A possibly more erognomic syntax for borrow

[regarding &mut]

when I look at x, &x, and &mut x how can I immediately tell which is a copy/move, a show (both can look), or a loan without memorizing them?

It’s not about the availability of functionality, it’s about intuitiveness and affordances.

you don’t use $xc to declare a function, you use fn because it’s self evident what it means

but & and &mut have no self evident meaning to anyone who isn’t coming from c++


I’ve hit my post limit for the first day, but below this is a response to your post after the #[derive]

Memorization isn’t learning, and I’m going to memorize them in any case. What I’m saying is that it’s a problem for new people coming in, that doesn’t have to be a problem.


you don’t have to cover all, that’s silly. But sharing and borrowing are so integral to what makes rust RUST that they deserve to be clear and easy to use for new people coming in.


No. let x = Bar; is a simplified form of structure initialization syntax, analogous to C’s struct foo x = (struct foo) { .a = 0, .b = 1 };. new is not a keyword in Rust, but rather a very popular name for a factory function serving as “default constructor” (though Rust does not have anything analogous to a C++ constructor).

#[derive(Clone)] invokes a compiler-provided macro that generates an implementation of the Clone trait in, as mathematicians like to say, the stupidest (i.e., most obvious) way possible: by cloning each field of the struct. Of course, this requires that each field be Clone, too.

Memorize them, in the same way you memorize all the other sigils. xs[n] for addressing lists is a C-ism not present in other languages, for example. You also have to memorize that you call macros with a bang, use +, and that Rust’s (far superior) equivalent of void is pronounced ()!


if you mean my_array[10] then yes that syntax is used in almost every single high level language that has arrays, albeit sometimes using different brackets

some examples would be javascript, powershell, ruby, and php all use array[index] syntax

in addition my_array[10] is fairly self evident, if you showed that to someone who didn’t know code but told them my_array is a pocket with 20 names in it, they could probably tell you that code was pulling the 10th name (yes I know it’s actually the 11th, but it’s still clear what the syntax is trying to do)


The Haskellers around these parts would like a word with you. They spell it xs!!n. =p


#[derive] is a procedural macro: it’s a method for code generation. When you #[derive(Clone)], the compiler inserts code that implements Clone for your type. Similarly for Copy (and any auto-derivable trait).


You can tell that because they are different. & means some sort of borrow – so, as a first approximation, no & means move, & means borrow. I don’t know what you mean by “show”.

If you want to use any programming language, you will have to memorize at least some of its most fundamental syntactic constructs. You can’t get away without that in approximately any case.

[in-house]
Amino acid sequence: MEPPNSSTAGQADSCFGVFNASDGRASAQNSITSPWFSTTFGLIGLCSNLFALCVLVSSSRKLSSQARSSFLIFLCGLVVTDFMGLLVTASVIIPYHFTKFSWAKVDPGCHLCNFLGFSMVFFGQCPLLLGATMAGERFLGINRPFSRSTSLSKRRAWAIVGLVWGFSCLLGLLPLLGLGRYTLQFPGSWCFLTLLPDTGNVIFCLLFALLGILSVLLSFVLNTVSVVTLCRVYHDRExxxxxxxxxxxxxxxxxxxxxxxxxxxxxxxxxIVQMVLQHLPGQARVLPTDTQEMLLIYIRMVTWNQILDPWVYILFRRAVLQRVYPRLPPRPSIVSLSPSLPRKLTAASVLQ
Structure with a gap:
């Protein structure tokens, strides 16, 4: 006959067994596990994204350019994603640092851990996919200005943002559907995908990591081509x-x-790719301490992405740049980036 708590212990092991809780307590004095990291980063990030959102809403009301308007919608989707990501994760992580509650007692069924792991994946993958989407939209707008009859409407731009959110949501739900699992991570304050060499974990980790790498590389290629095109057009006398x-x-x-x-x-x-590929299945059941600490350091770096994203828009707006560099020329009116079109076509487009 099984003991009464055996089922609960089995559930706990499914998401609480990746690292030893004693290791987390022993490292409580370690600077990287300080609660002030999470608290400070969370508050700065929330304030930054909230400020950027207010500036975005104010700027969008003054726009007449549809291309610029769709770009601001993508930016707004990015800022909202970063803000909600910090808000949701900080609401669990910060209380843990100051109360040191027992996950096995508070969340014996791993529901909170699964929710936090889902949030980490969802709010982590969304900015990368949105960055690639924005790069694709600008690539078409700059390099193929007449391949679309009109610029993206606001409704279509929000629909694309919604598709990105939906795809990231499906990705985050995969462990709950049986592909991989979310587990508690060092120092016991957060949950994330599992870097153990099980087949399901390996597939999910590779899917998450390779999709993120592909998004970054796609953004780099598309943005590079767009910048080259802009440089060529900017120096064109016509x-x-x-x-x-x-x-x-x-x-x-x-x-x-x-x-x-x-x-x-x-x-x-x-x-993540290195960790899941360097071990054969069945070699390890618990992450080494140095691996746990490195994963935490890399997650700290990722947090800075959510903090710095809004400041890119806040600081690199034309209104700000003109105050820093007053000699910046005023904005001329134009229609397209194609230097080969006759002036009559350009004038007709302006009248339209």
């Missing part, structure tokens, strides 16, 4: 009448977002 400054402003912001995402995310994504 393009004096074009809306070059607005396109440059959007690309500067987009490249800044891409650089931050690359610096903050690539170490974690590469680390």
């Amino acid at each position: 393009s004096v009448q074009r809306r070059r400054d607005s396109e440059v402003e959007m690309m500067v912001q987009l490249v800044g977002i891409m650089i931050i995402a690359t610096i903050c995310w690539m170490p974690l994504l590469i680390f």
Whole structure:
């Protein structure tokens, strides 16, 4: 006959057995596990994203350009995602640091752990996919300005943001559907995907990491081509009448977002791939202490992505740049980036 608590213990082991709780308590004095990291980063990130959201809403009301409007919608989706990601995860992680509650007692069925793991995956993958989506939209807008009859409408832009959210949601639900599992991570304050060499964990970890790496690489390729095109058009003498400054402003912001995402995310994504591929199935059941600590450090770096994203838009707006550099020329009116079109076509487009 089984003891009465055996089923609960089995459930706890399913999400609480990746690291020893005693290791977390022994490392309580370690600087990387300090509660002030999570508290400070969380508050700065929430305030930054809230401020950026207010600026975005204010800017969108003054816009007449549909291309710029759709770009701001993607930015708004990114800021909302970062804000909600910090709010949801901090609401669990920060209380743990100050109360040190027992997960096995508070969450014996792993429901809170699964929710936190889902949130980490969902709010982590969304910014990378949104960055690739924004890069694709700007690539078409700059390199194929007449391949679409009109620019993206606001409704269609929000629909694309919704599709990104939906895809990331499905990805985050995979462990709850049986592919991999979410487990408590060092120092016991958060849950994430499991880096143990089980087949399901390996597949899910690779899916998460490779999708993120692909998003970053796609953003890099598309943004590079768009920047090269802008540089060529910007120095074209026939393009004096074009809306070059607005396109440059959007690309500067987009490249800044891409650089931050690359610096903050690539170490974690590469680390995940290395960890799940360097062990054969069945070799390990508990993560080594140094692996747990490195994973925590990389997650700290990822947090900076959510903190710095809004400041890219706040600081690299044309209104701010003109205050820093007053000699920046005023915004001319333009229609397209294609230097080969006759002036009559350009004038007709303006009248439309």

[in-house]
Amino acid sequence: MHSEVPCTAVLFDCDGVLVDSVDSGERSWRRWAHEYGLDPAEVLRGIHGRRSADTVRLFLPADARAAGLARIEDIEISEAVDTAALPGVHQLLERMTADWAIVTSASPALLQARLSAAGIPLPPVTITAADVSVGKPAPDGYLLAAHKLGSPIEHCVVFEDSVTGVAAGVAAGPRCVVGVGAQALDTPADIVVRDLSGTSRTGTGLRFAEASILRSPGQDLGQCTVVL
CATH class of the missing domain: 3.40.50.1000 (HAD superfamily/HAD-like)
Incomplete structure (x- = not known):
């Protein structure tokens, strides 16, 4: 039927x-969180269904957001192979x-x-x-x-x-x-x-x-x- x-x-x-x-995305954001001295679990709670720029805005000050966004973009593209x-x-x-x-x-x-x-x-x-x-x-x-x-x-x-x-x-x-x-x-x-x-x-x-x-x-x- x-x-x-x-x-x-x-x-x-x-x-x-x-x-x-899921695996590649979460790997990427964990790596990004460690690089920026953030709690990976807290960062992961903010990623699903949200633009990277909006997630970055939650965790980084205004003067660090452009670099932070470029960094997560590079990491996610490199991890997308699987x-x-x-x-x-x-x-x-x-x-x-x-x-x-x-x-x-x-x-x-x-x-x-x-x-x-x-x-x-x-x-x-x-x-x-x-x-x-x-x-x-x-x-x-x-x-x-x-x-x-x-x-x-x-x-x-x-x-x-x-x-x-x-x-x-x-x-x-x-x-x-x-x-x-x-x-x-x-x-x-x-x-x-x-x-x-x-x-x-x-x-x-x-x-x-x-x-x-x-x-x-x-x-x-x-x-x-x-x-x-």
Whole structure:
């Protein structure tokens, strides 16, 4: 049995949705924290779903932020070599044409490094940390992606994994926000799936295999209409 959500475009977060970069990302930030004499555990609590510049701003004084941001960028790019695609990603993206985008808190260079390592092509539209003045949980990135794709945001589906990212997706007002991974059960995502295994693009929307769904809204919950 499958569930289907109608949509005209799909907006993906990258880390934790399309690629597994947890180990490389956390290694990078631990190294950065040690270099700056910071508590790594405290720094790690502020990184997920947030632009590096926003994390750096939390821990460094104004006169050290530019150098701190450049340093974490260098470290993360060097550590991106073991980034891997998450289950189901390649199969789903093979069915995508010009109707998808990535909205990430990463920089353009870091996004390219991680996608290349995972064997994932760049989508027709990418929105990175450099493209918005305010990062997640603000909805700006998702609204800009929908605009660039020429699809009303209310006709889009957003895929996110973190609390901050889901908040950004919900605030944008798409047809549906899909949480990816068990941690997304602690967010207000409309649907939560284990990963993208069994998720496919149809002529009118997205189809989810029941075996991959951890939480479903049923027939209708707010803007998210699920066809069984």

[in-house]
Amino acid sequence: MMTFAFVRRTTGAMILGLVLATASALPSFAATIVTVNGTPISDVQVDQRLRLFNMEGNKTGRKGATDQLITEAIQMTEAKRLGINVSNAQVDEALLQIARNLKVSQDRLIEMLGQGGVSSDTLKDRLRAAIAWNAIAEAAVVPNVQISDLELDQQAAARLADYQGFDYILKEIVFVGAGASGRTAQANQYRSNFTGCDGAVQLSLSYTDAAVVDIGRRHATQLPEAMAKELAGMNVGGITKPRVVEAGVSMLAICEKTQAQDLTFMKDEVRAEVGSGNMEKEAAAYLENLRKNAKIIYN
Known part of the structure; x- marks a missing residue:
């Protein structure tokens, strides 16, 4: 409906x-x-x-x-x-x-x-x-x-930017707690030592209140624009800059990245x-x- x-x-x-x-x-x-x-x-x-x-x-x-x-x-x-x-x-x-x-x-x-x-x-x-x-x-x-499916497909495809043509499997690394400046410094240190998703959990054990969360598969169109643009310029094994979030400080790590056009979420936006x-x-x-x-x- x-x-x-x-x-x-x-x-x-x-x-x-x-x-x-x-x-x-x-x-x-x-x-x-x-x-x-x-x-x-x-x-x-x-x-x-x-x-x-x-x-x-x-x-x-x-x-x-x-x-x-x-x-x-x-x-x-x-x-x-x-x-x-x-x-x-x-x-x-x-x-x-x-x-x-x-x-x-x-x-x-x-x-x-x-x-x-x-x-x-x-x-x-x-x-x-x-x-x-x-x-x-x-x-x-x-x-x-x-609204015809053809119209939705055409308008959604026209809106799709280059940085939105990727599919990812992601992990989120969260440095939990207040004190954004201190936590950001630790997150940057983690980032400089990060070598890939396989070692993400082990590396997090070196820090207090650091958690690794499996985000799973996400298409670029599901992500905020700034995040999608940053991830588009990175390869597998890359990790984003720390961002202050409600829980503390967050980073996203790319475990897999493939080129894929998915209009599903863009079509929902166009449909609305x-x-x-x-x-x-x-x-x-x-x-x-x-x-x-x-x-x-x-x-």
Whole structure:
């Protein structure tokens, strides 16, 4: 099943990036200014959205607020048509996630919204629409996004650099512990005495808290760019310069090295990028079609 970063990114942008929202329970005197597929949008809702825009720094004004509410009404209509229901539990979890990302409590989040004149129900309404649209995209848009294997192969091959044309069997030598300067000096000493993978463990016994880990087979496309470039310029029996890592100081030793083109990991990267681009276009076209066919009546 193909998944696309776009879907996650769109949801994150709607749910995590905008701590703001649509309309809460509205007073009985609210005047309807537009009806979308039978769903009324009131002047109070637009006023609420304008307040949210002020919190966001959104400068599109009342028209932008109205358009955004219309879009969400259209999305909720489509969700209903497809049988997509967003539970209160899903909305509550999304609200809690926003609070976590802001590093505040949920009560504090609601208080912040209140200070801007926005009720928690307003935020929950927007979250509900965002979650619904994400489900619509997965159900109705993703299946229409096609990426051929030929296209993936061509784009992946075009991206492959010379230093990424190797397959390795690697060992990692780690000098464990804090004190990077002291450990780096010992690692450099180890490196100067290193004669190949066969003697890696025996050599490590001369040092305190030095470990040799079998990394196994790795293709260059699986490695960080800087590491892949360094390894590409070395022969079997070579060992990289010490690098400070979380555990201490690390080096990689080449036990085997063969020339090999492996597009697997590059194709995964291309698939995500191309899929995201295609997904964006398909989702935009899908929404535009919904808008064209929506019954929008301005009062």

I don’t know what you mean by “show”.

He means “read only borrow”. This is “&T”. And his “borrow” means “&mut T”.


This is true, and I think OCaml (and other MLs) don’t use arr[idx] as well? (also consider COBOL and other such languages…).

However, I think most Haskellers are multi-lingual and have used some language with arr[idx] at some point. :slight_smile:

My take-away from this (interesting) post: Maybe we should make copying more distinct by introducing a prelude function:

fn copy<T: Copy>(x: T) -> T { x }

then you can easily mark copies without making any language-level modifications.


Yep, in OCaml, you have v.(n) for arrays, v.[n] for strings, v.{n} for Bigarray(C compatible non-GC’d array), and you can define new indexing operators on OCaml 4.06 onwards. Quite close though. (Not at all important to the thread here, just thought I’d add.)

I’d say that intuitiveness and affordances are extremely subjective - what would be extremely intuitive to you might be extremely foreign and obscure to me, and vice versa. (For example, Python might be the perfect tool in your field, while it gives me headache every single time.)

I don’t think it’s reasonable to have a general purpose language that caters for intuitiveness to only quite specific groups where the added meaning is not portable(of no value in understanding) to other groups.


Also make a macro (and a enum):

enum Moved{}
macro_rules! undefine {
    ($v:ident) => {
        let $v: Moved;


There is truth here which is why I’m saying we should keep the existing way of doing things. But Look and Borrow are well known life concepts to anyone who grew up in America and Europe, who are the majority of the expected Rust user base. I’d be interested to hear from someone who teaches Rust about how often new students get hung up on & and &mut?

And to be clear I can get a handle on them pretty quickly, even just going through this discussion I’ve pretty much got it within the first day, but I’m not average. Most likely none of us are. We all likely have a lot of experience with different programming languages, but I work with enough non-programmers to be able to tell you that this